Have you ever accidentally hit the F1 key in Explorer when you meant F2 (or 1, or Esc)? Normally missing a key isn’t a big deal, but in this case F1 triggers the Windows help center. Help may be valuable sometimes (I wouldn’t know, I’ve never used it), but for me, the accidental keypress costs me 20-30 seconds of productivity while I wait for the thing to load and close it.
F1 in explorer triggers the HELPCTR.EXE program to launch. While this behavior itself isn’t (easily) configurable, you can convince Windows that HELPCTR.EXE has a different location, say “c:\windows\system32\cscript.exe”, for example. (Cscript is the program that Windows uses to run script host files. It simply quits if you run it without arguments.)
Open RegEdit.exe, go to HKEY_LOCAL_MACHINE \ Software \ Microsoft \ Windows \ CurrentVersion \ AppPaths. Find “HELPCTR.EXE”, and replace it’s default entry with “C:\Windows\system32\CSCRIPT.EXE”.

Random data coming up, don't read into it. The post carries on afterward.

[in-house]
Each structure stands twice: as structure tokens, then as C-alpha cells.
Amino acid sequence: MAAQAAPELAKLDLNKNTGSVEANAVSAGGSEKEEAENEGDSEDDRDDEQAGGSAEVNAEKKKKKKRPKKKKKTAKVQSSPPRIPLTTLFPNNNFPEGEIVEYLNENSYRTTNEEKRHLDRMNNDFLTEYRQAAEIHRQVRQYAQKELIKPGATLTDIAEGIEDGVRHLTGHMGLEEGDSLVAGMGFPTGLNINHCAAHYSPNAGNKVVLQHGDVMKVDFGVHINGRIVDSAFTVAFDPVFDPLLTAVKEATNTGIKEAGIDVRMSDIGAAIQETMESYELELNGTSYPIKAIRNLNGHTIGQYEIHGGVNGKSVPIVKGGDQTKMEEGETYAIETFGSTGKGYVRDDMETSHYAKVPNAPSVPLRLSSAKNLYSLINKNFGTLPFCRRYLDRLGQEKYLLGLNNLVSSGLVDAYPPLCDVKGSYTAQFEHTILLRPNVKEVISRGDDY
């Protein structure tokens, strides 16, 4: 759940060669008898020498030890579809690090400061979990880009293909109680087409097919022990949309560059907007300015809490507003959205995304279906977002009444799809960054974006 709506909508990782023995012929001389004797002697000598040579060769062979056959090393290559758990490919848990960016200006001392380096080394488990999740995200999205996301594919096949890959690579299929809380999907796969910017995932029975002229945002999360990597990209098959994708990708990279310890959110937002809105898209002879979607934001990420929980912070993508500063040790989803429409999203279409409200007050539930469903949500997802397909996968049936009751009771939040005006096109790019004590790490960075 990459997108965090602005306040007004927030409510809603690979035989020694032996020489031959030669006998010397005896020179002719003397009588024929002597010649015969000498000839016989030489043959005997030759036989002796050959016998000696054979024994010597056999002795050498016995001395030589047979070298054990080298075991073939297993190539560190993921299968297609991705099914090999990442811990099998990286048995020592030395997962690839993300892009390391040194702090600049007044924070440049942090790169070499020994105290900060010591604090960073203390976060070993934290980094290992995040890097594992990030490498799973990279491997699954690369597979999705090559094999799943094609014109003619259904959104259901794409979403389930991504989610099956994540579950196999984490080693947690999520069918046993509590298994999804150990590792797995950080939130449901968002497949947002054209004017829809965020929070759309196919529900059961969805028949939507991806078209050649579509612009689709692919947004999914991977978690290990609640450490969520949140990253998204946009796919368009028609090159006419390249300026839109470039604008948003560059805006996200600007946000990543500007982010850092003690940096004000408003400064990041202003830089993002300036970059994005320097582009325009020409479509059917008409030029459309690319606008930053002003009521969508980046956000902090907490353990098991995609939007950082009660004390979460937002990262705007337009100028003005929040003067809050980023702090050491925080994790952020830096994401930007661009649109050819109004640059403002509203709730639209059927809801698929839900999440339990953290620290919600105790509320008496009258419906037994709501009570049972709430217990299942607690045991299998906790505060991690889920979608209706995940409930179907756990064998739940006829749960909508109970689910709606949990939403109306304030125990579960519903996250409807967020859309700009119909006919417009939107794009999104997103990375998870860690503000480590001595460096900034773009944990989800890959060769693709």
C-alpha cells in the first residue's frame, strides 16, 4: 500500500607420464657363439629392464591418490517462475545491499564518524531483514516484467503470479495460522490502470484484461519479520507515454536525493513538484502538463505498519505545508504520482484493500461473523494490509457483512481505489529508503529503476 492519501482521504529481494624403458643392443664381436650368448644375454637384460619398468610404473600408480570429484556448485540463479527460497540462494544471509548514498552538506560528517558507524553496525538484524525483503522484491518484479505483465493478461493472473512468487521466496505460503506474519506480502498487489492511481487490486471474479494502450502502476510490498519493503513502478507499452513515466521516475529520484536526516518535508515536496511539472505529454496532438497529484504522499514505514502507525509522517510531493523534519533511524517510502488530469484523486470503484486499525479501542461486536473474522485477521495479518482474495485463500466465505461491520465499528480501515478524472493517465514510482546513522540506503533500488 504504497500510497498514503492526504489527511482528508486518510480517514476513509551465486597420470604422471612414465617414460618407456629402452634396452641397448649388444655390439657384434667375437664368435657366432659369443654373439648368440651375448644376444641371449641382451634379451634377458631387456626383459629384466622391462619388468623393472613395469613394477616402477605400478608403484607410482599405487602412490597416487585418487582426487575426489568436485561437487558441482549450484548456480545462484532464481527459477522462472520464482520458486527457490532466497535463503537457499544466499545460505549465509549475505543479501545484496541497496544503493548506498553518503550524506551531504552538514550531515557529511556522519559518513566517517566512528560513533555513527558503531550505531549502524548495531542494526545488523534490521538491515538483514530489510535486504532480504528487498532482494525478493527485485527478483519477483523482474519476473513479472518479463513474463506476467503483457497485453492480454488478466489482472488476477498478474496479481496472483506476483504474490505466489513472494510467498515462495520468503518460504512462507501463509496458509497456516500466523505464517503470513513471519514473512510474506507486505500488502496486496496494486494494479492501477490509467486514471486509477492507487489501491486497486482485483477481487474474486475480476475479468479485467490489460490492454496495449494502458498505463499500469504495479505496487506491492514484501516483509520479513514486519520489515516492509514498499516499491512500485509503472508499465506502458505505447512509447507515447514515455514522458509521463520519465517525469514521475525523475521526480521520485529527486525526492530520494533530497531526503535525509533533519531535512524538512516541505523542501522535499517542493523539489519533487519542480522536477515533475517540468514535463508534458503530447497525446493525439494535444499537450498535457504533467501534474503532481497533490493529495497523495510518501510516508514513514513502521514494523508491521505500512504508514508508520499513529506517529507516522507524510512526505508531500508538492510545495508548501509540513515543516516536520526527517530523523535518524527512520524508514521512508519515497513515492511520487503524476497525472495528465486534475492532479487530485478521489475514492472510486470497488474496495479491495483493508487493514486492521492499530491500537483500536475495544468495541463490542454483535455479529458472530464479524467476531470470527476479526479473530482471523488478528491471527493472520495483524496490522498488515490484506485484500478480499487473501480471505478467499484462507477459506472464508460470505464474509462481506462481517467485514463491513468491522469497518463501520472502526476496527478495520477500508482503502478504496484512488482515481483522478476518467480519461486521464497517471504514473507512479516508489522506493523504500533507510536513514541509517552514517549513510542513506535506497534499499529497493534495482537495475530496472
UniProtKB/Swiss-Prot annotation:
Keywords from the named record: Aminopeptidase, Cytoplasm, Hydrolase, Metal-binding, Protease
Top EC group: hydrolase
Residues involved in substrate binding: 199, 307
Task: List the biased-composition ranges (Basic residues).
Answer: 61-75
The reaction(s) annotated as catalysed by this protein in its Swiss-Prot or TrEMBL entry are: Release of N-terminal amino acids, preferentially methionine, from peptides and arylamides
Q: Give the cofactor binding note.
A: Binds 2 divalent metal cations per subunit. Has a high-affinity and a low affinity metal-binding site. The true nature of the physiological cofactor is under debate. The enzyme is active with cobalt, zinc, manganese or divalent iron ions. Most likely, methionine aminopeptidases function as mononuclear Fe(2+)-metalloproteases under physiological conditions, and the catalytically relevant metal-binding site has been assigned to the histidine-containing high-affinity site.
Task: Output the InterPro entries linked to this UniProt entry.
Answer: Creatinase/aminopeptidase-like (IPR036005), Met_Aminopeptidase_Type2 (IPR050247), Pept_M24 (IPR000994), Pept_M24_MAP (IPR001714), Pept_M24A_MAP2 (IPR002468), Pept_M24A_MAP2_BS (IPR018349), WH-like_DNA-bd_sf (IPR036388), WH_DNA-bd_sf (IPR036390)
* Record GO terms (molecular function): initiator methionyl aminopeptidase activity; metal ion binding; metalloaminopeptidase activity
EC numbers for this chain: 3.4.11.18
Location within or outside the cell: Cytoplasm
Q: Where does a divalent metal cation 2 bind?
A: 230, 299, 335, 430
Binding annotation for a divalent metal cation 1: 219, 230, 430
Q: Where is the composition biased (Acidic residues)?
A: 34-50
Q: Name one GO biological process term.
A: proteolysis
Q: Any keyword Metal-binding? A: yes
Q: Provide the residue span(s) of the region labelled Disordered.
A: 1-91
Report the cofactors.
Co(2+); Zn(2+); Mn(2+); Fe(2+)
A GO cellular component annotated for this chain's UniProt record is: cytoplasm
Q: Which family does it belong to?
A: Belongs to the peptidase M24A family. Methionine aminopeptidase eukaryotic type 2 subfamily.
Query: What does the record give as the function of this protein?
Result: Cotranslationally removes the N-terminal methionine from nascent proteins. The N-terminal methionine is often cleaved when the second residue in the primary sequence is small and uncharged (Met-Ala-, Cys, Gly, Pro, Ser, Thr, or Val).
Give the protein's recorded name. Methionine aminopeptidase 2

That’s it. Now in Windows Explorer, F1 effectively does nothing.
1. Windows uses the AppPaths to find applications. This means that the Help Center will also stop working from the start menu. If you’re the kind of person who gets annoyed with the Help Center running on F1, you probably won’t mind that the icon in the start menu doesn’t work either.
2. This is a system level change (HKEY_LOCAL_MACHINE). This means that other users of your computer also will not be able to access the help center.
3. Use F1 as an application launcher. Just replace the path with a useful application. Pressing F1 now opens this application.
4. I only know that this works for sure in Windows XP. I don’t ever plan to operate a machine that has Vista, so I can’t tell you if it will work there. Same goes for Windows 7.